Crucial Skills®

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Crucial Conversations for Mastering Dialogue

Crucial Applications: How to Talk Sports and Keep Your Friends

It’s football season! And with football comes fun, food, friends, and sometimes fights—fights over who roots for the best team or players.

Sports fans with Crucial Conversations skills can keep their friendly banter without fighting. Here are some tips for how to talk sports and keep your friends:

  1. Look for areas of agreement. Begin by reinforcing what you have in common—your love of the game. Sports rivalries are usually over team loyalties or favorite players, not the sport itself. Let the other person know you share a common interest, even if your preferred teams and players differ.
  2. Avoid personal attacks. Find ways to remind the other person that you respect him or her. Look at the situation from his or her perspective by asking yourself why a reasonable and rational person would hold that viewpoint. While you don’t have to agree with the view, you can still acknowledge the point is valid rather than “idiotic.”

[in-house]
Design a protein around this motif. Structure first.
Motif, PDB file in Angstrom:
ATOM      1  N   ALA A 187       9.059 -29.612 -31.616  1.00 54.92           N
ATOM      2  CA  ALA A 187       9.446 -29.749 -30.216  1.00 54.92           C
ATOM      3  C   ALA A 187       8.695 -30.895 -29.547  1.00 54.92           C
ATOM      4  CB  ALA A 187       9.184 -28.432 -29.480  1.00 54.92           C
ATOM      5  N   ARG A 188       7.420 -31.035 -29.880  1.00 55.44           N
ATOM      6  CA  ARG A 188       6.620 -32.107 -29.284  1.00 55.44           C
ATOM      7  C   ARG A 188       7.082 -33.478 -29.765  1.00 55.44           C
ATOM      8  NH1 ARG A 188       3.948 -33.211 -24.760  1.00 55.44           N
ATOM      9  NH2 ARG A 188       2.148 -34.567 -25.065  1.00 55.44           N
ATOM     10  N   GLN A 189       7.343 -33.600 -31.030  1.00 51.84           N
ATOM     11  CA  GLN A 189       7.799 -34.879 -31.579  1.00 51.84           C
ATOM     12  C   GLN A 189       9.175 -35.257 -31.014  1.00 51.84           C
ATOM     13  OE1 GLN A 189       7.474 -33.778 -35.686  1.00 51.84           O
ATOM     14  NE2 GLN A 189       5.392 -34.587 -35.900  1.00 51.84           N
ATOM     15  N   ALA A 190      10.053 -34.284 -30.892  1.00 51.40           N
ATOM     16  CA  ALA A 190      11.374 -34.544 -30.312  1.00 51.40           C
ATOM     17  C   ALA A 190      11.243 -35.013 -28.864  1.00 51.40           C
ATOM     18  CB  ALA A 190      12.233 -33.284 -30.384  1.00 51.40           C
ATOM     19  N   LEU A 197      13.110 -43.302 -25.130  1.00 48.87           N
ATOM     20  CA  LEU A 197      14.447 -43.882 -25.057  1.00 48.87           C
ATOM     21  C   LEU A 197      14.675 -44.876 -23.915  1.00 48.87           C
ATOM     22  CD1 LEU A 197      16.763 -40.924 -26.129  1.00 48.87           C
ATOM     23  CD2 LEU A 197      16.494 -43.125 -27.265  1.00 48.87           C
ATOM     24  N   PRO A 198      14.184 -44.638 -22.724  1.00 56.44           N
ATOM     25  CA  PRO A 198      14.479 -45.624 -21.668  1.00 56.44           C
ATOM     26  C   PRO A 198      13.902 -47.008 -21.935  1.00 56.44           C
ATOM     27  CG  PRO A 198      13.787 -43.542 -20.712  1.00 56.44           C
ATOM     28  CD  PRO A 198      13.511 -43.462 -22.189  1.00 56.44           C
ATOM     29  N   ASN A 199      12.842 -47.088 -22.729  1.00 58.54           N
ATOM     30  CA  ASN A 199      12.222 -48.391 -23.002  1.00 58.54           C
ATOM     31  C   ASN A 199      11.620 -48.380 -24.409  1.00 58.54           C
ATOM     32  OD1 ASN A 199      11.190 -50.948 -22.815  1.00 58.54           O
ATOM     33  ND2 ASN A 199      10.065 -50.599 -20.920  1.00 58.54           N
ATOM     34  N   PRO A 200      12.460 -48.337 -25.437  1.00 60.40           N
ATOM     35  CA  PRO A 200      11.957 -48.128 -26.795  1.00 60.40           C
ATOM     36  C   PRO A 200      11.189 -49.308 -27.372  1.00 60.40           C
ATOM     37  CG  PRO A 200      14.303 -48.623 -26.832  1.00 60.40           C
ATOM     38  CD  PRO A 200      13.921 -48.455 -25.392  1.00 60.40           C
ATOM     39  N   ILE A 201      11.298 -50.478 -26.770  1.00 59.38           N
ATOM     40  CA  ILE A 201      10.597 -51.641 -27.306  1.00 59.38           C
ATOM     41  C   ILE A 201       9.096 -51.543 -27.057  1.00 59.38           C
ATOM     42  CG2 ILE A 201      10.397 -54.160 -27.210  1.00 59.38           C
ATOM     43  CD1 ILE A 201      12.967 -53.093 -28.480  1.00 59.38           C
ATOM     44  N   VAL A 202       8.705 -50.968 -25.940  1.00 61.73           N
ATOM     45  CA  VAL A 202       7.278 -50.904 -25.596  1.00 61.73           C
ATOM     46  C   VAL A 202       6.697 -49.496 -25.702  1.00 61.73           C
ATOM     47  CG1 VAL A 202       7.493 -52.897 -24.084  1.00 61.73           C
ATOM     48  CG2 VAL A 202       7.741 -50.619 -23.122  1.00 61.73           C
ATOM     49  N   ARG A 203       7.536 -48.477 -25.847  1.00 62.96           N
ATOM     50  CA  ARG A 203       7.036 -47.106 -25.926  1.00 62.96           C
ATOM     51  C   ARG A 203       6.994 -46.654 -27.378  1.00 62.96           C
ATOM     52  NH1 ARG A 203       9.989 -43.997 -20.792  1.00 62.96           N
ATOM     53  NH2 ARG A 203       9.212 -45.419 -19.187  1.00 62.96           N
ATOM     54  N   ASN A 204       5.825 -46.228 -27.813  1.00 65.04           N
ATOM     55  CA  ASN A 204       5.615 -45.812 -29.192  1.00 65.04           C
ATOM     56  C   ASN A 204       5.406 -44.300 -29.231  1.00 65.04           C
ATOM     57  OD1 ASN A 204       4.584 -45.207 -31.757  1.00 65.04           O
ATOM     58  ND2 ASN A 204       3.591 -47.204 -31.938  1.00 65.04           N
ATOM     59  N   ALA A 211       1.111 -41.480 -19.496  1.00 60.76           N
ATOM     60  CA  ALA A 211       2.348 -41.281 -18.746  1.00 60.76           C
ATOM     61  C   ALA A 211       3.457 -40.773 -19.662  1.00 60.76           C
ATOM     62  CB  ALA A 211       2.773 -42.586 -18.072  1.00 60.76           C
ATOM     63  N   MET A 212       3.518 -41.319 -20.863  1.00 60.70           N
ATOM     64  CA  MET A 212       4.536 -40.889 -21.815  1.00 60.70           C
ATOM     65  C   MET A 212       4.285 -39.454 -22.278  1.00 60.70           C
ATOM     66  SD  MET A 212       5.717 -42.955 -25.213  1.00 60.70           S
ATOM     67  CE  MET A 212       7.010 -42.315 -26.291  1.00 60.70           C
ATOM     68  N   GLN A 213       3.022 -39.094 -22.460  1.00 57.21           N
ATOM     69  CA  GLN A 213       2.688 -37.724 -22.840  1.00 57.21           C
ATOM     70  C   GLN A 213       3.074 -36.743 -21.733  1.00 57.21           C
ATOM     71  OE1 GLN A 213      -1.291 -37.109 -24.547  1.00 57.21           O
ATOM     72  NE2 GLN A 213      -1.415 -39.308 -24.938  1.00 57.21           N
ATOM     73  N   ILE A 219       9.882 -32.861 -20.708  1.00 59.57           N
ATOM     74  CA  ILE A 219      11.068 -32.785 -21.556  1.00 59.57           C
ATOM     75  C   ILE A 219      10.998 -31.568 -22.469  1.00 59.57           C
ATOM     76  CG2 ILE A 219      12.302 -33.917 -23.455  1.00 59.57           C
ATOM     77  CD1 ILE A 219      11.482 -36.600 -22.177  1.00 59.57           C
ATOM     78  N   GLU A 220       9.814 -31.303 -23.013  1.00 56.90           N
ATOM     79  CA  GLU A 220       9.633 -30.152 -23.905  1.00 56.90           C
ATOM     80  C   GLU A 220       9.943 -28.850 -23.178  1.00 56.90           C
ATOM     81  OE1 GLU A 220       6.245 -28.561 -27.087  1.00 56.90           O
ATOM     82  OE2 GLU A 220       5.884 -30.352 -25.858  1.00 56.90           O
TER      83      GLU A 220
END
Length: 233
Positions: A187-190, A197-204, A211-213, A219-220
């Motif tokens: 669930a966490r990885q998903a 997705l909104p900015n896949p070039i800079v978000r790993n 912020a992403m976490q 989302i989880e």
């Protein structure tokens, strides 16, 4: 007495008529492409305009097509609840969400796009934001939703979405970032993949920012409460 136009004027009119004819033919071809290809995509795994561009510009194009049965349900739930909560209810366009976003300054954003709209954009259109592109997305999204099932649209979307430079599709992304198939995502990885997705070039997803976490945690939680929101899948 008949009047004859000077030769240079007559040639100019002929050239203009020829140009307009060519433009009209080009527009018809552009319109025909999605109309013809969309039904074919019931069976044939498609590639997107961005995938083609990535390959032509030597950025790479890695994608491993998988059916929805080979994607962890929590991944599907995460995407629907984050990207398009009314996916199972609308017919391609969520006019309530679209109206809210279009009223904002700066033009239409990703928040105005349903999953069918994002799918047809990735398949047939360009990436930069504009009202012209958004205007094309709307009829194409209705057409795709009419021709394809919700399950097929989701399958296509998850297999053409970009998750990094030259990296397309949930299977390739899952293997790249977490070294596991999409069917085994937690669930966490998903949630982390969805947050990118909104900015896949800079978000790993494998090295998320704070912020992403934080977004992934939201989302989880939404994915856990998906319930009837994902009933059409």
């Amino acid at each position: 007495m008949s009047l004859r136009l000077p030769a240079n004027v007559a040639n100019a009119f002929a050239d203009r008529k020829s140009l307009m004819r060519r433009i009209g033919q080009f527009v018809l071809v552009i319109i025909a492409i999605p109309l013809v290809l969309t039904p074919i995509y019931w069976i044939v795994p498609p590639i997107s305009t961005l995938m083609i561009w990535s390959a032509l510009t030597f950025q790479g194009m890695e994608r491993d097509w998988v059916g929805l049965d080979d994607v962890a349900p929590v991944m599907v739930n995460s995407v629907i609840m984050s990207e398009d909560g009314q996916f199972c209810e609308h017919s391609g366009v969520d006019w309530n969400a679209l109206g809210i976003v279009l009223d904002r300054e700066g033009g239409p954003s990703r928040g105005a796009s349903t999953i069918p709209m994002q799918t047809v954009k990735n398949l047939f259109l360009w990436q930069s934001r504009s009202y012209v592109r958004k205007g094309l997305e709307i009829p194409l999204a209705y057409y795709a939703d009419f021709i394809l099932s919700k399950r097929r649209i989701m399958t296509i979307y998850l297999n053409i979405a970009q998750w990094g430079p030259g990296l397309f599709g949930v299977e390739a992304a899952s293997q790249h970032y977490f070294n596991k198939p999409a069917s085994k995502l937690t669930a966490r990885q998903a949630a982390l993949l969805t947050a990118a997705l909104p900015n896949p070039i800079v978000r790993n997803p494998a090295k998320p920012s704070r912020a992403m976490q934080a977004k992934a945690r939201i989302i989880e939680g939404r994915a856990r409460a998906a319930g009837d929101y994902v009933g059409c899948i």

3. Focus on the facts. Arguments often become heated when people exaggerate, twist, and spin the facts. Consider the source of your facts and ask the other person to do the same.
  4. Keep it safe by looking for signs of silence or violence. If the other person grows quiet or starts to become defensive, step out of the content of the discussion and reinforce your respect for him or her.
You can learn more insights and skills like this in Crucial Conversations for Mastering Dialogue

2 thoughts on “Crucial Applications: How to Talk Sports and Keep Your Friends”

  1. Laura G.

    I think you missed one more tip that I think is paramount — “Keep it in perspective”! While it’s fun to be passionate about a particular player or team, in the end, it’s only a game for goodness sake, not something of serious importance. Does it really matter who’s right or wrong (or whether there’s even a “right” or a “wrong”)? Are people’s lives (other than, perhaps, the team members’) seriously affected? The same can be said for arguments about people’s favorite television shows or movies (although, I will say, that I’ve never seen folks resort to violence when there was a “fight” about Star Trek vs. Star Wars or Star Trek vs. Babylon 5 at a science fiction convention — but I digress….)

    So, if it seems like the conversation isn’t “fun” anymore, just drop it — you’re not going to change anyone’s mind and, more importantly, it really doesn’t matter enough that you should try to, once the fun is gone. There may be conversations where it’s important to persevere to do your best to persuade someone to consider another viewpoint, but this ain’t one of them!

  2. editor

    Thanks for the reminder, @Laura G.! Remember, it’s just a game!

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